My kids and I have been listening to Lisa Loeb's new children's album and book, Lisa Loeb's Silly Sing-Along: The Disappointing Pancake and Other Zany Songs, in the car for the last week and we have it fully memorized. I am a huge fan of children's albums that are accompanied by books. It is the best way I know to teach a child to weave singular words into sentences.
My youngest daughter is just crossing that bridge, where words on the page have begun to come out of her mouth in streams, not in single disjointed pops. We love Lisa Loeb's book and CD. The stories are paced with wit, the melodies are contagious. There are songs on here you can take with you for the rest of your life, and your children will teach their children. There are hypnotic sounds and creative arrangements. Some are familiar tunes and others Loeb has penned herself with friends Dan Petty and Michelle Lewis.
I think the child's voice has always peeked through in Lisa Loeb's material. This latest project naturally connects and it is seamless. A good funny song you can share with your children can get you from here to there without a hitch, and make the mundane feel marvelous. These are great songs to listen, read, learn and pass on.
RG: There are fantastic instrumental sounds on this record. What was it like building the arrangements in the studio?
LL: It was wonderful working with Dan and Michelle and our team of musicians and kid singers. Everyone involved really took the approach that it was a record, not a kids' record, which is always a good idea. We had world class musicians who just played the songs after we came up with arrangements that highlighted the lyrics, and the natural feel of people playing together makes it easy to listen to over and over. Also, we kept some arrangements super simple when the songs called for that: especially the songs that came from my summer camp experience.
RG: How did you create the language for "A Co Di By Doze?" Has that been with you forever or did you make it up with the idea for the song?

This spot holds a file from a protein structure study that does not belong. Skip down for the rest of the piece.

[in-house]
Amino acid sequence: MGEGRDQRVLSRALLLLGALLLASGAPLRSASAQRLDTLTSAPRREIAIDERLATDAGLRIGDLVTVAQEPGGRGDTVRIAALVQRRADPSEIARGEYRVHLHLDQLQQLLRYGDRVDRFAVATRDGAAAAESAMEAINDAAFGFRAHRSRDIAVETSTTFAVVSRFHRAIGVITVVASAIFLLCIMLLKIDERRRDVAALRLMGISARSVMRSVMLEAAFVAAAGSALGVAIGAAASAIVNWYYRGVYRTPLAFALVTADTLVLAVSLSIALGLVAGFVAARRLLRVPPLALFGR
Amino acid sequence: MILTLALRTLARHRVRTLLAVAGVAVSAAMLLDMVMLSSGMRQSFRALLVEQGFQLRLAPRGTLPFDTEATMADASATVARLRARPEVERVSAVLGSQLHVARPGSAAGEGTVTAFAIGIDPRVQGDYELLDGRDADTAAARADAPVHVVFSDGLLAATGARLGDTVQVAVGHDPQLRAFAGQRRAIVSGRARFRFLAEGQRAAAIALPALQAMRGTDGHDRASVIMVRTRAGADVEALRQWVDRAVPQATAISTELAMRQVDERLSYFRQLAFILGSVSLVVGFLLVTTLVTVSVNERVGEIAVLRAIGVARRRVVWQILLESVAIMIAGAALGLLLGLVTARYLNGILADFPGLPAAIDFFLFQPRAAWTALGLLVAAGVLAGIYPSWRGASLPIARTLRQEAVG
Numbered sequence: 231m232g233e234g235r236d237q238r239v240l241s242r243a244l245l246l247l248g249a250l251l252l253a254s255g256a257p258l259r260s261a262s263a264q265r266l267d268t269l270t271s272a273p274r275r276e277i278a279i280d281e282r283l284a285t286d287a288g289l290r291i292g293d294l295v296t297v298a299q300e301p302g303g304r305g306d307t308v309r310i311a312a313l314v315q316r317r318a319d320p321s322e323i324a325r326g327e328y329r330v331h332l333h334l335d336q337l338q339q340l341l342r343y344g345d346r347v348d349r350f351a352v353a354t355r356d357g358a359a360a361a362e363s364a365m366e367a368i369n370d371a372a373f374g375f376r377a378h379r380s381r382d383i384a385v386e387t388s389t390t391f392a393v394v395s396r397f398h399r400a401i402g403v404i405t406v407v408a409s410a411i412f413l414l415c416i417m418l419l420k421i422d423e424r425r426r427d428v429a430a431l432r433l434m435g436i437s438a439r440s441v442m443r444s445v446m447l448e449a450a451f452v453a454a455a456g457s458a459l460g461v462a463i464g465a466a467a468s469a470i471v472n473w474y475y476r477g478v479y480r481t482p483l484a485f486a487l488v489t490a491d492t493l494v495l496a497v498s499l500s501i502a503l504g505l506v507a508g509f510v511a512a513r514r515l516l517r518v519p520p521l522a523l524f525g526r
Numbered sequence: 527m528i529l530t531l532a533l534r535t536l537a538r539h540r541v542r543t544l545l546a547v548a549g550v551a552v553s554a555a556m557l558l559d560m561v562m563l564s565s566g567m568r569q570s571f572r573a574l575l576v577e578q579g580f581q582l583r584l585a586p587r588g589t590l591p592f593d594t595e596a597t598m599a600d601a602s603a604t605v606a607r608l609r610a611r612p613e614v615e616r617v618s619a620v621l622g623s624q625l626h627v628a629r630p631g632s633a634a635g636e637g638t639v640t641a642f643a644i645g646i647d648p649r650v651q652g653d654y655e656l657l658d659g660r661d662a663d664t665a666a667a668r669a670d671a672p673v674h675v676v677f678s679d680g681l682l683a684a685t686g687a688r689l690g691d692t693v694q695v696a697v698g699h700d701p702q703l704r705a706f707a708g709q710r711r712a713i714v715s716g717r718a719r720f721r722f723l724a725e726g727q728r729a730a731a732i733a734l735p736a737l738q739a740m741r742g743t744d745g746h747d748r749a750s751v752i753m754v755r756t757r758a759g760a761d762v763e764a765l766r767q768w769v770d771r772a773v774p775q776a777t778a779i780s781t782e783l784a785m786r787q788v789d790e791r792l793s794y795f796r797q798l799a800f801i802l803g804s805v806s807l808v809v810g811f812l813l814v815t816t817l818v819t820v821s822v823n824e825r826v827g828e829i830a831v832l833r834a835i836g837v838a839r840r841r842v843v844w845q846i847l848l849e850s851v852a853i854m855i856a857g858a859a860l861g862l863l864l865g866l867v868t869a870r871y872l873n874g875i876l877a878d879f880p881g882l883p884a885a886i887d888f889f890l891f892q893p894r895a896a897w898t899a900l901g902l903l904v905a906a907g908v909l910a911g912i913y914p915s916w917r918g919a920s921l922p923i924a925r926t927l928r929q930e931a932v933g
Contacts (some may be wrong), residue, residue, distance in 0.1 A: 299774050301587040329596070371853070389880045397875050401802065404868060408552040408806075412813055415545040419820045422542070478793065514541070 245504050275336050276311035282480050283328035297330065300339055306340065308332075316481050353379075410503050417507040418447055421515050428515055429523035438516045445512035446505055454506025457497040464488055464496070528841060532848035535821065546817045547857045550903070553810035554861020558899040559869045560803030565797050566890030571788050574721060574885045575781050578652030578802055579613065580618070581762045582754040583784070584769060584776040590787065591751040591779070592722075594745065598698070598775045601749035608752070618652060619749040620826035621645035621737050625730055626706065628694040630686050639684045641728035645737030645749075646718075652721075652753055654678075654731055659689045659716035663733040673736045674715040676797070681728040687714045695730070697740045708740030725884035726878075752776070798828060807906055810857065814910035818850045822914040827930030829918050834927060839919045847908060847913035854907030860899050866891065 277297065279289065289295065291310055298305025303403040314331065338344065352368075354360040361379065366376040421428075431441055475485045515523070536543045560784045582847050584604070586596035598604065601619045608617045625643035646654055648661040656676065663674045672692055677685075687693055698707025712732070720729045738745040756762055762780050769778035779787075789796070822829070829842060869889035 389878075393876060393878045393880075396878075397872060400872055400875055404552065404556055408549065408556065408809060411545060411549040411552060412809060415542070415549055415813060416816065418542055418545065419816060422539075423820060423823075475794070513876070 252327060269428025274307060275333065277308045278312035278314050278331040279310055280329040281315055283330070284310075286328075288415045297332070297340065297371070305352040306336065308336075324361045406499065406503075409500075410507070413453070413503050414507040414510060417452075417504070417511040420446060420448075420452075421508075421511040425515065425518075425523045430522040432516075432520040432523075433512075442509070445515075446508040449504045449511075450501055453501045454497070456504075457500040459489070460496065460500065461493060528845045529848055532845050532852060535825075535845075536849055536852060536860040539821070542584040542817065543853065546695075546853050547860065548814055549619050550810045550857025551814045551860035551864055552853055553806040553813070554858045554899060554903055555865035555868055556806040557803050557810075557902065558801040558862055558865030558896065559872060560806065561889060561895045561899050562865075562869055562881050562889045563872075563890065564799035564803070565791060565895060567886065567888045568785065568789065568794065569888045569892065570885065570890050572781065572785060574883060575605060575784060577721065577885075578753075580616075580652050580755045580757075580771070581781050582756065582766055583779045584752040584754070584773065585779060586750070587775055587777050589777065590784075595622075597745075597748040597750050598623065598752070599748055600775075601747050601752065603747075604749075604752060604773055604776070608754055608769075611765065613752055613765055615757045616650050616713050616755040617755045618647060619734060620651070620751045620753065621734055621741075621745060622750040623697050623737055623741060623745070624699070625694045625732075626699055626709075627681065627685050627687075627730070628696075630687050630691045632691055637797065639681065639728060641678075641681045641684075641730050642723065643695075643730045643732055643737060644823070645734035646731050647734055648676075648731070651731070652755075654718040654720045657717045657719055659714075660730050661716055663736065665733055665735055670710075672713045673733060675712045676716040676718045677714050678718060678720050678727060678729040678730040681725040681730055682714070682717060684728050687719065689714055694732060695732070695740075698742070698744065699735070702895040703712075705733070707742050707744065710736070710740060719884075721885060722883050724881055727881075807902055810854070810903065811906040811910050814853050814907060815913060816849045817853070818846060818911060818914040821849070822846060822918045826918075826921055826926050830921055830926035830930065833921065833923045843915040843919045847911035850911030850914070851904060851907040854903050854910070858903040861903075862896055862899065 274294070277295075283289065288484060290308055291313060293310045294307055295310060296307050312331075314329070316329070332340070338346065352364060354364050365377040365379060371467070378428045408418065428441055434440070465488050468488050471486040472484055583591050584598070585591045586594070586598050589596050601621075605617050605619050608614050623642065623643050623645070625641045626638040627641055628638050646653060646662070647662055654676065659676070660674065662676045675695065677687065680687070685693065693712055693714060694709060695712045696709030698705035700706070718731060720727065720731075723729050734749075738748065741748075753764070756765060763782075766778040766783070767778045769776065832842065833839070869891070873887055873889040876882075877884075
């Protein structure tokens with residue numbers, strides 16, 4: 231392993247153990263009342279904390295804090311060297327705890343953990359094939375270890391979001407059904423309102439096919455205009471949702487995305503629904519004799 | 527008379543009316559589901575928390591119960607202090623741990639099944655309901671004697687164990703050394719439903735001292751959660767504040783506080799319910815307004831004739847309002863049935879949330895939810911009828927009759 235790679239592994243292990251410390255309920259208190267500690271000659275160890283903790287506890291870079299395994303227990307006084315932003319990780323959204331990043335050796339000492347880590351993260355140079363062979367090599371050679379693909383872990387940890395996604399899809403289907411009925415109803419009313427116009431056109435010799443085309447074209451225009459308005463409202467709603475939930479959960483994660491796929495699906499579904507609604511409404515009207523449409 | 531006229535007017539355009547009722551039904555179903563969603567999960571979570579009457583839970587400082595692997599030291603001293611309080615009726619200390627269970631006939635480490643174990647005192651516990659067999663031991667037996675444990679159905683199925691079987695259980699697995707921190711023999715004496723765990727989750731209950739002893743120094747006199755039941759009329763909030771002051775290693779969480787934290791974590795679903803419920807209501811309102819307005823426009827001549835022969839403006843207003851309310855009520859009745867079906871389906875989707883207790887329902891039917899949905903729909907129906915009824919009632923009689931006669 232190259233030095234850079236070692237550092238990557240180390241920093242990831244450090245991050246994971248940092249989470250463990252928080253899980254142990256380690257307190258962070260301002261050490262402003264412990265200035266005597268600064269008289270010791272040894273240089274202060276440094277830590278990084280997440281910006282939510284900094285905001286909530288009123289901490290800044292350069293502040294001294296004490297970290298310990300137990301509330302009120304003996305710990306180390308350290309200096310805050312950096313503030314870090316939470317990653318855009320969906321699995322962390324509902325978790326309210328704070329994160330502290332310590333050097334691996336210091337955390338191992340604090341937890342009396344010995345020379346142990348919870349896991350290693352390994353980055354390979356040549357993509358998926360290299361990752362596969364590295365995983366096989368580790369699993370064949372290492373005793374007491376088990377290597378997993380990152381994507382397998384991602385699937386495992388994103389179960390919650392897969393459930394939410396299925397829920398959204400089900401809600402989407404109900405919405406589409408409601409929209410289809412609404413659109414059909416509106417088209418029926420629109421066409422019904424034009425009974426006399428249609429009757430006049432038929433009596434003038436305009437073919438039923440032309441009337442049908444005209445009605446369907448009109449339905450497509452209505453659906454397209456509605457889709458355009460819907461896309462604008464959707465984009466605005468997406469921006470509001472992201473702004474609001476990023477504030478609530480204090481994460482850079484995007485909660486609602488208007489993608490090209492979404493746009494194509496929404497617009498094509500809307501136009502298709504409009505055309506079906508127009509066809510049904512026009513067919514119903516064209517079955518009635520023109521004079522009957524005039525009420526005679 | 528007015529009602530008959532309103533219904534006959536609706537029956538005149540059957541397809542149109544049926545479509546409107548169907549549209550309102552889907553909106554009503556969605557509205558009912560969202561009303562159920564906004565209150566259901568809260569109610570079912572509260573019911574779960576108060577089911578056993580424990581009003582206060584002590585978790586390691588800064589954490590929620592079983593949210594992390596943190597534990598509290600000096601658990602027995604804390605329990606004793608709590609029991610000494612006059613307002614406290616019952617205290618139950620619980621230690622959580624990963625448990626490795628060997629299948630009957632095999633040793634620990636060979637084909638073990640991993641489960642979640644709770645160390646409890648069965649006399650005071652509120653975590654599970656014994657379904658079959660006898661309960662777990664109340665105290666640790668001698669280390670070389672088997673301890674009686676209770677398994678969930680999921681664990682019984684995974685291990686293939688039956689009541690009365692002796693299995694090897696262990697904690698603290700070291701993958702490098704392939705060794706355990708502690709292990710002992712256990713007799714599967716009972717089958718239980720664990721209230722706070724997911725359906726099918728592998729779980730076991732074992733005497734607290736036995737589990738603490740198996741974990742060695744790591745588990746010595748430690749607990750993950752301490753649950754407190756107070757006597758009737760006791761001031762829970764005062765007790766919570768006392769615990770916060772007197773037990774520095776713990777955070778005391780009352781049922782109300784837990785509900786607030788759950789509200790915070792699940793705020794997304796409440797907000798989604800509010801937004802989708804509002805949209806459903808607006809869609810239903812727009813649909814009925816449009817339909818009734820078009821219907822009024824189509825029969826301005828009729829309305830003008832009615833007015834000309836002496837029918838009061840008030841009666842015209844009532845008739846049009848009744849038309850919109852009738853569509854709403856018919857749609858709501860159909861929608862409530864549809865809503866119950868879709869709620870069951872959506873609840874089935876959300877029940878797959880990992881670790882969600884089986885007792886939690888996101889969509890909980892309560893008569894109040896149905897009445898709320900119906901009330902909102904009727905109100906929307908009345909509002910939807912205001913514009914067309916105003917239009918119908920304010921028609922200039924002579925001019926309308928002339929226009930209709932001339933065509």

LL: Dan and Michelle and I tossed around a lot of ideas after discussing the telephone game, in which a little phrase or word is passed around in a circle from one person to another, like a secret, and in the end it's funny to hear what the simple word or phrase becomes through a series of misunderstandings. I might be remembering it incorrectly, since I was pregnant at the time, but I think Dan suggested the idea of how funny a person with a cold sounds and how it's kind of a funny game trying to figure out what that person with the stuffed up nose sounds like.
RG: What's your favorite song on the album to sing live?
LL: I love singing "The Disappointing Pancake," if I can remember all the words. I think that's part of the fun for kids and all people too: memorizing the story and the words. I love rooting for the pancake who turns out not to be so disappointing after all. It's also fun to sing the sing-a-long part that everyone can sing whether or not they know the song or not, the "rolls and it rolls and it rolls and it rolls" part.
RG: How did you connect with Ryan O'Rourke for the illustrations of Silly Sing-Along? The pictures capture the songs, arrangements and voices on the album so well. It's as if he's part of the band.
LL: My publishing company, Sterling Publishing, actually connected me with Ryan. For the most part, they were communicating directly with Ryan, and I didn't get to meet him in person until the book was printed and I was playing a concert near his hometown in Connecticut. I did a mockup of the book to give the publisher an idea of the extent to which the songs needed to be illustrated, but Ryan's illustrations far out-perform my little drawings.
RG: We love Opposite Day. And it's something we've been doing in our house for many years (my publishing company is "cookiesforbreakfast.") Did you grow up with Opposite Day or was it something you decided on as an adult?
I have to say that I'm a person who grew up honoring the rules. It was very admirable to follow the rules to a T when I was young, but as a grownup, I take liberties, especially when it's not a rule that's not going to hurt someone else if I break it. We wanted to make a song where you could imagine all kinds of crazy things happening, and I love the idea of mixing up foods you'd expect at certain meals and serving them at other meals.
RG: Will you be touring this album?
I'll be playing some events and concerts around the United States, and you can always find out about it on LisaLoeb.com. I'm not playing as much as I used to since I had a baby. She's one and a half now, so I try to stay in town with her as much as possible. If you sign up on my mailing list online, you'll receive updates and even sometimes some recipes! We'd love to make some videos and that should be the next step.
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